But instead of lulling me to sleep, those thoughts kept me awake… kept urging me up out of bed and back outside. That jet-black African sky, for instance. “When, ever again,” I was thinking, “Am I going to have a chance to gaze at stars in a sky like this?” I’d noticed on the way back down to the hotel that there was an area by the side of the road almost completely free of the little bit of light pollution thrown up by the hotel and the rangers’ living quarters. In fact, gazing up at the glory of it as I walked back down was at least half the reason for my twisted ankles. That thought alone got me half way out of bed. But the clincher came only moments later, when, faintly, behind the sound of the music from up on the hill, I could hear the muezzin’s call for evening prayers from the mosques of Larabanga. Soon, the music came to a dead halt; there were a few announce-ments over the p.a. system… then silence, except for the final chorus of the call to prayer.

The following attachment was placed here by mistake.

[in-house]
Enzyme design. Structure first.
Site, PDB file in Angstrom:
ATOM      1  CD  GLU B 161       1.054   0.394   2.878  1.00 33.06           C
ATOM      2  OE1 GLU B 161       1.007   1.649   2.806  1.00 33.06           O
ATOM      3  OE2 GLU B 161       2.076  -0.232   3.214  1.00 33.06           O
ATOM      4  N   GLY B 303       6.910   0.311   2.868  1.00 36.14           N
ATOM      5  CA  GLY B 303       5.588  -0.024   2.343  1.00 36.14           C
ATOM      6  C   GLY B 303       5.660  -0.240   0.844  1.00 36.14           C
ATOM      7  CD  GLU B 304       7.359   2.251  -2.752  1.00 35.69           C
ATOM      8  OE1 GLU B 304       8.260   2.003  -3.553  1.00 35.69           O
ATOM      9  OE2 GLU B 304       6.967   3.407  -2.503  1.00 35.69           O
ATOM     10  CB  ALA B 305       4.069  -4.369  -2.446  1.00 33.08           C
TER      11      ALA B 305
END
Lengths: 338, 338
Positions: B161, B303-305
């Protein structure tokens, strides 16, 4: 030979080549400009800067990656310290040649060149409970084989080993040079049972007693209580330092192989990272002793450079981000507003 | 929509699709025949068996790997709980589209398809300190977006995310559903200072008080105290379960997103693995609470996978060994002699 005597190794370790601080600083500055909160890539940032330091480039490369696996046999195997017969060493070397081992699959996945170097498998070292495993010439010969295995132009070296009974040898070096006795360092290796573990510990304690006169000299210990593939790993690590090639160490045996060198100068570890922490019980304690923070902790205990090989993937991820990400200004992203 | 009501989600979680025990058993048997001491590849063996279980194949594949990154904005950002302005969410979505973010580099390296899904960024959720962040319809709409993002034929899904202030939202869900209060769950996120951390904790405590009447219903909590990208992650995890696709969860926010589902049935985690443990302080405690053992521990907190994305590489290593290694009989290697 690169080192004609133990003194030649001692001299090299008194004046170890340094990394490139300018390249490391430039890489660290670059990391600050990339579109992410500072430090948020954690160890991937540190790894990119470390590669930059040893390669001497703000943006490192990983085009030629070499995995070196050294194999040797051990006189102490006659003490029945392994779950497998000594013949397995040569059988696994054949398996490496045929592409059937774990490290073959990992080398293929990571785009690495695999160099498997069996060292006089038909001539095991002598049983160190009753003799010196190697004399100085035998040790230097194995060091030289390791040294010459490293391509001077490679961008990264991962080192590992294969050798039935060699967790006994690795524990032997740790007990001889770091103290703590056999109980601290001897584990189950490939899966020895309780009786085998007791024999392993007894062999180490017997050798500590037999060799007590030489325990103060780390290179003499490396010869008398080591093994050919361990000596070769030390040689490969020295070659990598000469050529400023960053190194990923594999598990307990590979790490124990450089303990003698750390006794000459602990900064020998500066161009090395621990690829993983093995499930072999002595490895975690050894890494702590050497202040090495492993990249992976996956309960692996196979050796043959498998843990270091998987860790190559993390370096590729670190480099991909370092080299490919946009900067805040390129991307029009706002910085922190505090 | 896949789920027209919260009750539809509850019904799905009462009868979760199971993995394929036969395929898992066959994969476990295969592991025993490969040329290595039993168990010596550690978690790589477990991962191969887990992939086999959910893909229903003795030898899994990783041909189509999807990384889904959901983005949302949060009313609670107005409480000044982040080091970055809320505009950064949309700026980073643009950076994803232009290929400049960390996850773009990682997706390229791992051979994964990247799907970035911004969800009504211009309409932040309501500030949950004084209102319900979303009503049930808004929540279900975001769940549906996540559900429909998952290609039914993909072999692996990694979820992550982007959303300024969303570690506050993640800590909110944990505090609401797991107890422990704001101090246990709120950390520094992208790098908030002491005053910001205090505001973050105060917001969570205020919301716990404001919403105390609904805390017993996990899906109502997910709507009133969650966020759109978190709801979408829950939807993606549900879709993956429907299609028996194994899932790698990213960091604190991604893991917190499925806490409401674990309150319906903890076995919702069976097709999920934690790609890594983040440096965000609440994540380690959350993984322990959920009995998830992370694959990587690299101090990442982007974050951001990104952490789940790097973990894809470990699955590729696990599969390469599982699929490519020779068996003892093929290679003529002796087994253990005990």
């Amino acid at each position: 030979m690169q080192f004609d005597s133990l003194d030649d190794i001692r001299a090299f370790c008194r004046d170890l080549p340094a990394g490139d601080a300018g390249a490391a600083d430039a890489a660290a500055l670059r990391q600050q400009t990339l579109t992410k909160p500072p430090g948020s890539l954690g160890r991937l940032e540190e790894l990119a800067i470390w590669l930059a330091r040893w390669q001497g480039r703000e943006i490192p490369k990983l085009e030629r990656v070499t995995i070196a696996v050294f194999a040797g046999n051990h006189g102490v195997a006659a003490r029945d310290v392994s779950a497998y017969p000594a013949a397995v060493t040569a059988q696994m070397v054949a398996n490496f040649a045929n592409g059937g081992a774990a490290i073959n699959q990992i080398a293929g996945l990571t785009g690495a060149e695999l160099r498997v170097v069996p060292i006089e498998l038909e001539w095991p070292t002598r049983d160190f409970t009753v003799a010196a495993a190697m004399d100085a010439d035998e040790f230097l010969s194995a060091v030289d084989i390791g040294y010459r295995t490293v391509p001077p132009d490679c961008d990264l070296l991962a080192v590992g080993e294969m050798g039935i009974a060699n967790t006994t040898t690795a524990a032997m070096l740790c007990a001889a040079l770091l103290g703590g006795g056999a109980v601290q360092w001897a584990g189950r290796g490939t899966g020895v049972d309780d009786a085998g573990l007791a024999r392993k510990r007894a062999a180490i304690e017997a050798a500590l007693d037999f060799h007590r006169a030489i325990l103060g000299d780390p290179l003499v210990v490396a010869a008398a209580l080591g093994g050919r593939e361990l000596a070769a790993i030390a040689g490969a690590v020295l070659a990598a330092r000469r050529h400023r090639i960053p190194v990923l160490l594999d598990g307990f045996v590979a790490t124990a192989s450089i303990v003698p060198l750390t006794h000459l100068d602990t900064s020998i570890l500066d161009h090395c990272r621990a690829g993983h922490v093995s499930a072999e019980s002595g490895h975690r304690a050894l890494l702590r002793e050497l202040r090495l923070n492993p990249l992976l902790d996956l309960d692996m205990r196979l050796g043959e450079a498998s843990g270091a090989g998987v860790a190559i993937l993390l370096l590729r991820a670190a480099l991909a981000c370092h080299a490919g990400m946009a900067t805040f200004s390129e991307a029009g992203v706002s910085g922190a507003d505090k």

O.K., that’s it, I thought. Party over. And now, the call to prayer will be my lullaby, and I’ll get some sleep. Perfect. But within what seemed a span of just a few minutes, I heard the party music start back up again. And this time, it was different. Faster; harder. An Afro-beat/Techno/Rave thing going on. “Now, this is interesting,” I thought. If most ofthe adults and some of the youth had all gone down to the mosque to pray, leaving only the die-hard dancers and the DJ up there, what were they into now? Had some of the dynamics on the dance floor changed now that things might be a little looser? Would boys and girls dare to dance together with their chaperones gone? I had to know. If it meant getting through the next hard day’s journey on even less sleep now, or perhaps no sleep at all, I was curious enough to risk it.